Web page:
Pat Braun from Mount Pleasant, Wis., said she was at an Amish settlement a few years back and had a soft peanut brittle. She said it tasted just like peanut brittle but was not as hard. She said she has tried several times to duplicate it with no success.
Ardice Holbrook of Manchester sent in a recipe she came across on the Internet from CDKitchen (www.cdkitchen.com) that she thought Braun might want to try. I tested the recipe and found it was fairly easy to make, provided you have a working candy thermometer and don't mind a bit of a mess in your kitchen. The key is to work quickly once the brittle reaches the required 300 degrees so it does not turn into an overly sticky mess before you spread it.
As the recipe states, the secret to this candy is quick cooling, so once you spread it out, pop it into the refrigerator, or if it's cold enough you could do what I did and put it outside to cool. This recipe makes a delicious brittle that is a softer alternative to the traditional favorite. It also makes quite a lot, so you should have plenty to share.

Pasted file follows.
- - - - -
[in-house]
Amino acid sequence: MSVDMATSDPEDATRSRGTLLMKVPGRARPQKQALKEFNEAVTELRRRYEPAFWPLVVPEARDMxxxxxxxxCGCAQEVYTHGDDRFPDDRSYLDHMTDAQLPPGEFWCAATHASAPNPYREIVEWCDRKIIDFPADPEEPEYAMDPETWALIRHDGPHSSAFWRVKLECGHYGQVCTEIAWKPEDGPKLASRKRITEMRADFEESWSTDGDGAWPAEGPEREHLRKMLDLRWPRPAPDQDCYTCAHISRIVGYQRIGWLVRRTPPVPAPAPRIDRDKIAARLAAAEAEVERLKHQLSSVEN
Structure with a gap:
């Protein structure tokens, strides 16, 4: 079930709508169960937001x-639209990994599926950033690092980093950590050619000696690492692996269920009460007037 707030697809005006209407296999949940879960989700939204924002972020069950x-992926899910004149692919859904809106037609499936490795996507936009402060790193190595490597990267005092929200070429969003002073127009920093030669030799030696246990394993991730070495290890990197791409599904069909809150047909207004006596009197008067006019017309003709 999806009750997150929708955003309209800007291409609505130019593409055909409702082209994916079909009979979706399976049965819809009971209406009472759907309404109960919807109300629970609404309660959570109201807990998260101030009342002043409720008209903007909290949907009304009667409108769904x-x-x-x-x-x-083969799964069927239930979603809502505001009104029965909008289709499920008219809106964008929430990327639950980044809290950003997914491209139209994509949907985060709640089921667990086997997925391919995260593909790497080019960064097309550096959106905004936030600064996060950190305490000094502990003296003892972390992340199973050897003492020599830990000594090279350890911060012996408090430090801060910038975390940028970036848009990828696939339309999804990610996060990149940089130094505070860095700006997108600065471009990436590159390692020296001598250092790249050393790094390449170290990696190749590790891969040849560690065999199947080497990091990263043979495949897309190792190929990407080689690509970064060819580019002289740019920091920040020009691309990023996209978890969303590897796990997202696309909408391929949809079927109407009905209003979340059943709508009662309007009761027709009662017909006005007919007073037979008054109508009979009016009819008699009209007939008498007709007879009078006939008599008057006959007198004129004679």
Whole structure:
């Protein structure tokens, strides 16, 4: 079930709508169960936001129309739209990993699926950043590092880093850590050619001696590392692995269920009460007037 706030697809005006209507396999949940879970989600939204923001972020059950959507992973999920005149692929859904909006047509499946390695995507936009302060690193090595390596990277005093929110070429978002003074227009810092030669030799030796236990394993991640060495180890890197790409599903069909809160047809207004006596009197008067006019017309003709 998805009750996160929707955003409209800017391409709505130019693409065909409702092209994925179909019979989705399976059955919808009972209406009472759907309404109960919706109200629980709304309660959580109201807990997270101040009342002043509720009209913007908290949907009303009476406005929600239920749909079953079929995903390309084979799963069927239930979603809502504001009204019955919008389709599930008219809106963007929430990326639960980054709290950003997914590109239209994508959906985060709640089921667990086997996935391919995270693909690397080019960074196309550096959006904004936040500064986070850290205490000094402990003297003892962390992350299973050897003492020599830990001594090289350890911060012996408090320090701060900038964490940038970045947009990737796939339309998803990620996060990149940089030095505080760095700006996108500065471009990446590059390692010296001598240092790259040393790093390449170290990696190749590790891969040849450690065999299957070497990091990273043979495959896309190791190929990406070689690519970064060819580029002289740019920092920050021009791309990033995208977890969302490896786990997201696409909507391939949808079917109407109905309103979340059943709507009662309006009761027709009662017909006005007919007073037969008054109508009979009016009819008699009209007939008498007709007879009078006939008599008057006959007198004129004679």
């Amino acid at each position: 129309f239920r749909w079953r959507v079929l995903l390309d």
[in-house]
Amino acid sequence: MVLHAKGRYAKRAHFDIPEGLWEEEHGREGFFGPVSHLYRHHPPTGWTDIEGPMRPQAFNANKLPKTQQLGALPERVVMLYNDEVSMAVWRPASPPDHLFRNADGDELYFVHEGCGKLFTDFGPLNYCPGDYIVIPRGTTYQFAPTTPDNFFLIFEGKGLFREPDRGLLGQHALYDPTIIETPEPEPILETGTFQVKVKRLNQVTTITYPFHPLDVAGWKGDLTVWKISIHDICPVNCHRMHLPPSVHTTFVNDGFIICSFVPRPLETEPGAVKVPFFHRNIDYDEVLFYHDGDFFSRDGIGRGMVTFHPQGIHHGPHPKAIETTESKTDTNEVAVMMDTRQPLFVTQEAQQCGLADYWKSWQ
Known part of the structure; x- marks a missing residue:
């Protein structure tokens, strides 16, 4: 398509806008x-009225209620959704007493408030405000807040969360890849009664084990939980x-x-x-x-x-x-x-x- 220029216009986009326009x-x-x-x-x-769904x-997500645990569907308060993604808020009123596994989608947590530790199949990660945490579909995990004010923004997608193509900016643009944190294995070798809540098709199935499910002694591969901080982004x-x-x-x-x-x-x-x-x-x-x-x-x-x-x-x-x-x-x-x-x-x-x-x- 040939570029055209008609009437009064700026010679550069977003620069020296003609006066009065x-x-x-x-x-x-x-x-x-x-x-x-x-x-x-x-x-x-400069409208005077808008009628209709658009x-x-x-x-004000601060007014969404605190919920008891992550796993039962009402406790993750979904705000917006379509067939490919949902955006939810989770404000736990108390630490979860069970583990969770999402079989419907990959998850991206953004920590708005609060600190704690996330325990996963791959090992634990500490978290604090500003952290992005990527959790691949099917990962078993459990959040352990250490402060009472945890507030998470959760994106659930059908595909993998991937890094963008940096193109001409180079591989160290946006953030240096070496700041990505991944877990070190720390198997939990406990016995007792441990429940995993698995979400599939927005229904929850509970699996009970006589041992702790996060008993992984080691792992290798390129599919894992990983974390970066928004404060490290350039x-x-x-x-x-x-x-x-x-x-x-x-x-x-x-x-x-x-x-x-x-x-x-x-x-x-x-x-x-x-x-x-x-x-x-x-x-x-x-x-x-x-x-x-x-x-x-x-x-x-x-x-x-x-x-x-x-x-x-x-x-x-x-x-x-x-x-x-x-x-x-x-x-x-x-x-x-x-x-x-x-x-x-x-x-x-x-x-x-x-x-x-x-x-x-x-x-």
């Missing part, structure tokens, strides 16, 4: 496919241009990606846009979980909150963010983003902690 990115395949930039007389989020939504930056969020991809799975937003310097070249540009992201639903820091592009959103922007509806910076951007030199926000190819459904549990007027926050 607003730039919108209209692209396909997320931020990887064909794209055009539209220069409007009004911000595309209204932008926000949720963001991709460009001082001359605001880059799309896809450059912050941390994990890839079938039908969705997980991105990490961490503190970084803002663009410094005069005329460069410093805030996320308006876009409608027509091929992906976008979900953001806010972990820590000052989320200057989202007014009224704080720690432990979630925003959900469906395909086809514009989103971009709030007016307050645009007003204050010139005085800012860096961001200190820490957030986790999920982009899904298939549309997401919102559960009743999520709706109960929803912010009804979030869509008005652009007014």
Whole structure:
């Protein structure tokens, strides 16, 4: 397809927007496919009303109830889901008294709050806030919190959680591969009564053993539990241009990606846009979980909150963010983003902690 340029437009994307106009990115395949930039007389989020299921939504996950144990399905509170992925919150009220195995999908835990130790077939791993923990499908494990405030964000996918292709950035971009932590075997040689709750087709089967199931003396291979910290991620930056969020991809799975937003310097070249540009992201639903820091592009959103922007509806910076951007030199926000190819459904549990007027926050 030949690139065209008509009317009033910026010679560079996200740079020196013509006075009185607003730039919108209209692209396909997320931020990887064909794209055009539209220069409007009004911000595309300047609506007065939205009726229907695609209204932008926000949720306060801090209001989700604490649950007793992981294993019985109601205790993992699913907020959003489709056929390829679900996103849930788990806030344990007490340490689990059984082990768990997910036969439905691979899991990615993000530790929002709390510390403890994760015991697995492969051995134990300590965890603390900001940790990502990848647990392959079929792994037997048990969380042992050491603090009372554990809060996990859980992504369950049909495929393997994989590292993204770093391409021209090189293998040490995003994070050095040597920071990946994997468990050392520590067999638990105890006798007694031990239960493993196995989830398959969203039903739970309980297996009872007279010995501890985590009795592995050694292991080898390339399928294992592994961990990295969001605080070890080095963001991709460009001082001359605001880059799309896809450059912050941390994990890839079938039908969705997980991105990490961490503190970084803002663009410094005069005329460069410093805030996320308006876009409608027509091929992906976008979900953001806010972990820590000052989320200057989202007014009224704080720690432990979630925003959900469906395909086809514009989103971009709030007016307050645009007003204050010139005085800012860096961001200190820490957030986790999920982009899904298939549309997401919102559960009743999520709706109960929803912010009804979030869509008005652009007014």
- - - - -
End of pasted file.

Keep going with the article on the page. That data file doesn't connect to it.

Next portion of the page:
Arlene Bird from Sonoma, Calif., says she is fond of the cheese biscuits that are served at the restaurant chain Red Lobster. She says the biscuit is very light and so rich it does not need butter. She would love to have their recipe or something similar.
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Soft peanut brittle
Makes: About 3 pounds
2 cups creamy peanut butter
1 1/2 cup sugar
1 1/2 cup light corn syrup
1/4 water plus 2 teaspoons (divided use)
2 tablespoons butter
2 cups peanuts, raw or roasted, salted or unsalted
1 teaspoon baking soda
1 teaspoon vanilla extract
In a double boiler over hot water, place peanut butter to heat while preparing syrup. In a large saucepan combine, sugar, corn syrup and 1/4 cup water. Cook over high heat until syrup reaches 275 degrees on the candy thermometer. Lower heat to medium, add butter, stirring until melted. Add peanuts, cook, stirring for about 5 minutes until candy starts turning brown and reaches 300 degrees on the thermometer.
Remove from heat, stir in baking soda that has been dissolved in 2 teaspoons of water. Add vanilla. Working quickly, fold in warm peanut butter, stirring gently. At once, pour candy mixture onto well greased marble slab or cookie sheet. Quickly spread as thin as possible. The secret to this candy is quick cooling. When cold, break into serving portions.